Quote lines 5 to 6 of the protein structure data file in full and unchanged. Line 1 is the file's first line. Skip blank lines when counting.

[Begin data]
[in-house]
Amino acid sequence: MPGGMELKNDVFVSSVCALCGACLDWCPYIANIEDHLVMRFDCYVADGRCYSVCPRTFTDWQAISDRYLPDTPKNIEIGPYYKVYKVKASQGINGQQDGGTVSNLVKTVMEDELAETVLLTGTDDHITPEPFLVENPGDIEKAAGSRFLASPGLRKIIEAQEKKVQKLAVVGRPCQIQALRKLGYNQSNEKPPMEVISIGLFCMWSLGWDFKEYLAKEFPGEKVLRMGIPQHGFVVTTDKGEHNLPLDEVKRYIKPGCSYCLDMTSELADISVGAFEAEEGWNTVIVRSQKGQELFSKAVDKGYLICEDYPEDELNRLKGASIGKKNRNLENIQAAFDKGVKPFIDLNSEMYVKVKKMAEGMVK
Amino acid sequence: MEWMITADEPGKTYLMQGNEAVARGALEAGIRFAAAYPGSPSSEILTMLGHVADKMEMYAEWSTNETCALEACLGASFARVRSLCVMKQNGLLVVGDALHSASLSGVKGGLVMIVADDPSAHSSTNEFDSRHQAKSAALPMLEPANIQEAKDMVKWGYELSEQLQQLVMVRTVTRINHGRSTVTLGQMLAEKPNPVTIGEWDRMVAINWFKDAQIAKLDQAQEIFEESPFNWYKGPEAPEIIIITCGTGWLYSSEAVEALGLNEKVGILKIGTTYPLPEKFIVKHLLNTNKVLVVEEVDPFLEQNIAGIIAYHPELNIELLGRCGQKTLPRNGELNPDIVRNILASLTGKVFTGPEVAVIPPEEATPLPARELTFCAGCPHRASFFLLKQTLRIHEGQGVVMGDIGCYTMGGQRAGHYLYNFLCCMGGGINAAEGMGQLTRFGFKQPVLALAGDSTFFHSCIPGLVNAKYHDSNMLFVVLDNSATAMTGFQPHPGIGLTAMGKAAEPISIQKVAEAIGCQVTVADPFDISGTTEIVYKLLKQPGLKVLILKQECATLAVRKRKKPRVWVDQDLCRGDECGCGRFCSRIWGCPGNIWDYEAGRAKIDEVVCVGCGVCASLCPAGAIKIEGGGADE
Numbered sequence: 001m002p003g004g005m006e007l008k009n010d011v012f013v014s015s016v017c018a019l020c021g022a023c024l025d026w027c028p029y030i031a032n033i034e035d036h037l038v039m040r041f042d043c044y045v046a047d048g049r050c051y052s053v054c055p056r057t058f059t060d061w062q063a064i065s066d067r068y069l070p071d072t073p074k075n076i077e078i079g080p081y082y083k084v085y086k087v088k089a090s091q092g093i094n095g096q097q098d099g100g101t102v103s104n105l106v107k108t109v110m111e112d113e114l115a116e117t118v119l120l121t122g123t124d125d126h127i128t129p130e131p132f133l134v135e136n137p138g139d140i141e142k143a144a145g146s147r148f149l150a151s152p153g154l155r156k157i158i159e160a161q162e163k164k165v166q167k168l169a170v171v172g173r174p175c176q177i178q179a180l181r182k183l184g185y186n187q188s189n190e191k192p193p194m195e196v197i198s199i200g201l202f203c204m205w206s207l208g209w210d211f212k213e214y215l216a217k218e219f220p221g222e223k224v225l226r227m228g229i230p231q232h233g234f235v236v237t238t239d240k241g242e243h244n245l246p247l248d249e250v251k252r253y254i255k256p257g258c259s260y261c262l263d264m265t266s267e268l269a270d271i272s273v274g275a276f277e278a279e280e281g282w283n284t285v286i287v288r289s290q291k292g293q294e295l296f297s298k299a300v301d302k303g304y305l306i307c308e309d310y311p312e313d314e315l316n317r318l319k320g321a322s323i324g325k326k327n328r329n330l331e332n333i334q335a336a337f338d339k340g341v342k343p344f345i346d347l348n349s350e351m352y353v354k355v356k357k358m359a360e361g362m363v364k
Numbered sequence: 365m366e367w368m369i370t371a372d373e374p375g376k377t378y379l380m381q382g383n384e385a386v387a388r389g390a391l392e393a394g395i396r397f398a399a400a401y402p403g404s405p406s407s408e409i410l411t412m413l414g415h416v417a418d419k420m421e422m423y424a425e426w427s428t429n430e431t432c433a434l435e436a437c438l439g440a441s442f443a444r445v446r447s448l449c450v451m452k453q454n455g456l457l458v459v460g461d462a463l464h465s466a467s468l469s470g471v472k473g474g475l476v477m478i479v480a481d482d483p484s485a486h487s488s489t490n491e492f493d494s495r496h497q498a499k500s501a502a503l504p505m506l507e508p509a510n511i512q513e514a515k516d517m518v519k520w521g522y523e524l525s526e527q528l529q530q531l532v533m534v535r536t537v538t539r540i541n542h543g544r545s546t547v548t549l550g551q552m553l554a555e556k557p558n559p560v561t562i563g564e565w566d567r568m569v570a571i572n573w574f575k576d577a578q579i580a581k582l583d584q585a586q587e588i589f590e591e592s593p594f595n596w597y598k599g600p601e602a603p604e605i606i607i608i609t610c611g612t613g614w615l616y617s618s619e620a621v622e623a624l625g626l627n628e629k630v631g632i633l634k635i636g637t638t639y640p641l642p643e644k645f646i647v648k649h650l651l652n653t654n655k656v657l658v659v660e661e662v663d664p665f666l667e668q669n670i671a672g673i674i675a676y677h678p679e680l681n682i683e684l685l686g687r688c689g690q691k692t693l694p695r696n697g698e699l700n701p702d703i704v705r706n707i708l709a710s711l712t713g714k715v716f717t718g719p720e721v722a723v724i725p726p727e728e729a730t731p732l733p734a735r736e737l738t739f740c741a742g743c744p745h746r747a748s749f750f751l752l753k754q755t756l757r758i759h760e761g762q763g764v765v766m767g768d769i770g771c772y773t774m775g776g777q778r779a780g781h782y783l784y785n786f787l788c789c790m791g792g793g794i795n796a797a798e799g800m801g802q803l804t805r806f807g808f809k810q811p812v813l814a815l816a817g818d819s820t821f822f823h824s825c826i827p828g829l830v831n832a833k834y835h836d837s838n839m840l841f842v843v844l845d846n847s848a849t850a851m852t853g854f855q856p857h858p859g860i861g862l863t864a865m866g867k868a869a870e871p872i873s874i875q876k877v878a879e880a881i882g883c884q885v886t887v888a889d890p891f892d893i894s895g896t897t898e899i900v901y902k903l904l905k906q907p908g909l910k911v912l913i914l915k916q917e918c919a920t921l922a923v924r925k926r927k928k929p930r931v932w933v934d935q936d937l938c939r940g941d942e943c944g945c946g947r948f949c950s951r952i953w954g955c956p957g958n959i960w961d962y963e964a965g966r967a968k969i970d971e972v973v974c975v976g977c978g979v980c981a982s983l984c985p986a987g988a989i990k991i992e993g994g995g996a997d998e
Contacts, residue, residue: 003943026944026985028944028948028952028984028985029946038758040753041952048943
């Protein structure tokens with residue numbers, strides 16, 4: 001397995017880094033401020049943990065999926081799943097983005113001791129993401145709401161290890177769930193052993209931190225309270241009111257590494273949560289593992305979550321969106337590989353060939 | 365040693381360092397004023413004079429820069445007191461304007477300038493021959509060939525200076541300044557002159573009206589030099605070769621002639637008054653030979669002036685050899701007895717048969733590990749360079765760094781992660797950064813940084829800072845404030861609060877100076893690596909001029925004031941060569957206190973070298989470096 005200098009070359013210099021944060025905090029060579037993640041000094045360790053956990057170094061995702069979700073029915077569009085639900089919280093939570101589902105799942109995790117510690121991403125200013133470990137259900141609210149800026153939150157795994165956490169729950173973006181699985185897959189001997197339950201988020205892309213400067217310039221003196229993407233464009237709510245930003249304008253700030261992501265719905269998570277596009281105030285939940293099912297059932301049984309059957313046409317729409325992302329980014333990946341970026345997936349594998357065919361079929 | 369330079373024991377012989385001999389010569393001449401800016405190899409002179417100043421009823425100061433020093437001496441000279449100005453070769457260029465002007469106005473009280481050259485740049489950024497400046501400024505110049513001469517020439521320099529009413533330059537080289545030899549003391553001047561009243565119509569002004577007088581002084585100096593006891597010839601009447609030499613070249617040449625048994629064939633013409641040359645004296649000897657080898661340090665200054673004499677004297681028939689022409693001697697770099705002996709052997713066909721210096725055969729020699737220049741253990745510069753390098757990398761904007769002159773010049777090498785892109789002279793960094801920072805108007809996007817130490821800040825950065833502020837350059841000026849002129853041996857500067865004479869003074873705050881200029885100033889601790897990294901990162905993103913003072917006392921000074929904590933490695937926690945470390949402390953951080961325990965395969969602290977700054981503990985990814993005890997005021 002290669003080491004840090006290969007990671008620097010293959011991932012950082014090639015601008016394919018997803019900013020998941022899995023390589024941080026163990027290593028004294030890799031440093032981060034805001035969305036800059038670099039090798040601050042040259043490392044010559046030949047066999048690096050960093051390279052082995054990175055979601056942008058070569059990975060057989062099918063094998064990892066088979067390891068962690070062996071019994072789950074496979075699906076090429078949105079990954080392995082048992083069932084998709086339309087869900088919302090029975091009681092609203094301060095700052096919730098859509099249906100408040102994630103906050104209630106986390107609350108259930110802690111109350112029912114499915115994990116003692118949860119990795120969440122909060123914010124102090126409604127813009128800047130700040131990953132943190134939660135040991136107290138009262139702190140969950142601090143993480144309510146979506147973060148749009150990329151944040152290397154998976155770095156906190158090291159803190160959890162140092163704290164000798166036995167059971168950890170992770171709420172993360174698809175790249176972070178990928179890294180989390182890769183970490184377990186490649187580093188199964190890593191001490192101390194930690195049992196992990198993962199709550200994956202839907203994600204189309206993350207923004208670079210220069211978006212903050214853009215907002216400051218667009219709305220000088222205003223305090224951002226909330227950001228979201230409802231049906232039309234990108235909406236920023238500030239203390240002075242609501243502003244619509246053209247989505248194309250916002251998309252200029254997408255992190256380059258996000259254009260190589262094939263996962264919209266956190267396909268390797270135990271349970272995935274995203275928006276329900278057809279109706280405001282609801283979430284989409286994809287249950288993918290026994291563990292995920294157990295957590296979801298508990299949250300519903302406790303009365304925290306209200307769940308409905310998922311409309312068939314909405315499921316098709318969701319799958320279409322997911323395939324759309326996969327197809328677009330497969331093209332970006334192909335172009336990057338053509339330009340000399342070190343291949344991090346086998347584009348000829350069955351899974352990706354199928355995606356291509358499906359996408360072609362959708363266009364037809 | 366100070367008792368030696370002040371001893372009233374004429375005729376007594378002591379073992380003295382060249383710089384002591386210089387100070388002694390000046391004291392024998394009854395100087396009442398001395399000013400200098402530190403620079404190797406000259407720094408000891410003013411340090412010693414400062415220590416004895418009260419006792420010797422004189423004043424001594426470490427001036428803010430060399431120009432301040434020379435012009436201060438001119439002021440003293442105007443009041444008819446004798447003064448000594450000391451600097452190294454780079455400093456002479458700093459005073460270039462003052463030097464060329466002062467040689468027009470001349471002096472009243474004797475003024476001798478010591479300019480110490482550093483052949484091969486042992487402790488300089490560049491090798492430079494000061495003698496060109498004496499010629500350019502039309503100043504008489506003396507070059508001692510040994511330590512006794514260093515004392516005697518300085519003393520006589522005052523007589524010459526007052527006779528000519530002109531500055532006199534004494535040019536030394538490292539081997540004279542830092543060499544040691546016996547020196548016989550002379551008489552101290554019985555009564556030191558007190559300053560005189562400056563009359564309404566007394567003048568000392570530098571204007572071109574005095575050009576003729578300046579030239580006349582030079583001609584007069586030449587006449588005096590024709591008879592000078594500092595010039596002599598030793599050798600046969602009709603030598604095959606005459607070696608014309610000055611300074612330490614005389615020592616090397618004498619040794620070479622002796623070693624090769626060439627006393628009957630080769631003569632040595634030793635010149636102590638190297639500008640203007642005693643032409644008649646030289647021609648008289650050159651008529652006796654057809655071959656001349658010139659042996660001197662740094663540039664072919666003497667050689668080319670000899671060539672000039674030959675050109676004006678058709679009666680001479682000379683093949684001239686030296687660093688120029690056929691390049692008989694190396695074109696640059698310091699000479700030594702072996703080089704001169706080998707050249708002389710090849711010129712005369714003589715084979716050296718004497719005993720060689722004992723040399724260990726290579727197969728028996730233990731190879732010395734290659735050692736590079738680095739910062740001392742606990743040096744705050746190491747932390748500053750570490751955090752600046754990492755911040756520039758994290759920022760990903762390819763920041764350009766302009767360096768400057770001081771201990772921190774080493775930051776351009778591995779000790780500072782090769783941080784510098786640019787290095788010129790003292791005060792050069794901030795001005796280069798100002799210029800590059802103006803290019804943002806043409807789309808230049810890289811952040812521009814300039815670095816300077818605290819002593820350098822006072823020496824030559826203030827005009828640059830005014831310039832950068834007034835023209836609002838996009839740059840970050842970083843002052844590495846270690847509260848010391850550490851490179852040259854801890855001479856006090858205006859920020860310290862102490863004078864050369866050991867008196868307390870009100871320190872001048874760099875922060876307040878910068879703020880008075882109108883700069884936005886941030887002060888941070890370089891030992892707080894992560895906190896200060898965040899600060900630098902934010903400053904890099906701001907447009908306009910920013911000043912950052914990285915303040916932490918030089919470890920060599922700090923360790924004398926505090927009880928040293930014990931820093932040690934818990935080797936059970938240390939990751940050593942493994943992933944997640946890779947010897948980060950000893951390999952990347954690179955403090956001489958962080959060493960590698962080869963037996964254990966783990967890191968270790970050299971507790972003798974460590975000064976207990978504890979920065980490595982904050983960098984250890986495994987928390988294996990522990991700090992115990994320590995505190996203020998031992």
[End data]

Numbered sequence: 365m366e367w368m369i370t371a372d373e374p375g376k377t378y379l380m381q382g383n384e385a386v387a388r389g390a391l392e393a394g395i396r397f398a399a400a401y402p403g404s405p406s407s408e409i410l411t412m413l414g415h416v417a418d419k420m421e422m423y424a425e426w427s428t429n430e431t432c433a434l435e436a437c438l439g440a441s442f443a444r445v446r447s448l449c450v451m452k453q454n455g456l457l458v459v460g461d462a463l464h465s466a467s468l469s470g471v472k473g474g475l476v477m478i479v480a481d482d483p484s485a486h487s488s489t490n491e492f493d494s495r496h497q498a499k500s501a502a503l504p505m506l507e508p509a510n511i512q513e514a515k516d517m518v519k520w521g522y523e524l525s526e527q528l529q530q531l532v533m534v535r536t537v538t539r540i541n542h543g544r545s546t547v548t549l550g551q552m553l554a555e556k557p558n559p560v561t562i563g564e565w566d567r568m569v570a571i572n573w574f575k576d577a578q579i580a581k582l583d584q585a586q587e588i589f590e591e592s593p594f595n596w597y598k599g600p601e602a603p604e605i606i607i608i609t610c611g612t613g614w615l616y617s618s619e620a621v622e623a624l625g626l627n628e629k630v631g632i633l634k635i636g637t638t639y640p641l642p643e644k645f646i647v648k649h650l651l652n653t654n655k656v657l658v659v660e661e662v663d664p665f666l667e668q669n670i671a672g673i674i675a676y677h678p679e680l681n682i683e684l685l686g687r688c689g690q691k692t693l694p695r696n697g698e699l700n701p702d703i704v705r706n707i708l709a710s711l712t713g714k715v716f717t718g719p720e721v722a723v724i725p726p727e728e729a730t731p732l733p734a735r736e737l738t739f740c741a742g743c744p745h746r747a748s749f750f751l752l753k754q755t756l757r758i759h760e761g762q763g764v765v766m767g768d769i770g771c772y773t774m775g776g777q778r779a780g781h782y783l784y785n786f787l788c789c790m791g792g793g794i795n796a797a798e799g800m801g802q803l804t805r806f807g808f809k810q811p812v813l814a815l816a817g818d819s820t821f822f823h824s825c826i827p828g829l830v831n832a833k834y835h836d837s838n839m840l841f842v843v844l845d846n847s848a849t850a851m852t853g854f855q856p857h858p859g860i861g862l863t864a865m866g867k868a869a870e871p872i873s874i875q876k877v878a879e880a881i882g883c884q885v886t887v888a889d890p891f892d893i894s895g896t897t898e899i900v901y902k903l904l905k906q907p908g909l910k911v912l913i914l915k916q917e918c919a920t921l922a923v924r925k926r927k928k929p930r931v932w933v934d935q936d937l938c939r940g941d942e943c944g945c946g947r948f949c950s951r952i953w954g955c956p957g958n959i960w961d962y963e964a965g966r967a968k969i970d971e972v973v974c975v976g977c978g979v980c981a982s983l984c985p986a987g988a989i990k991i992e993g994g995g996a997d998e
Contacts, residue, residue: 003943026944026985028944028948028952028984028985029946038758040753041952048943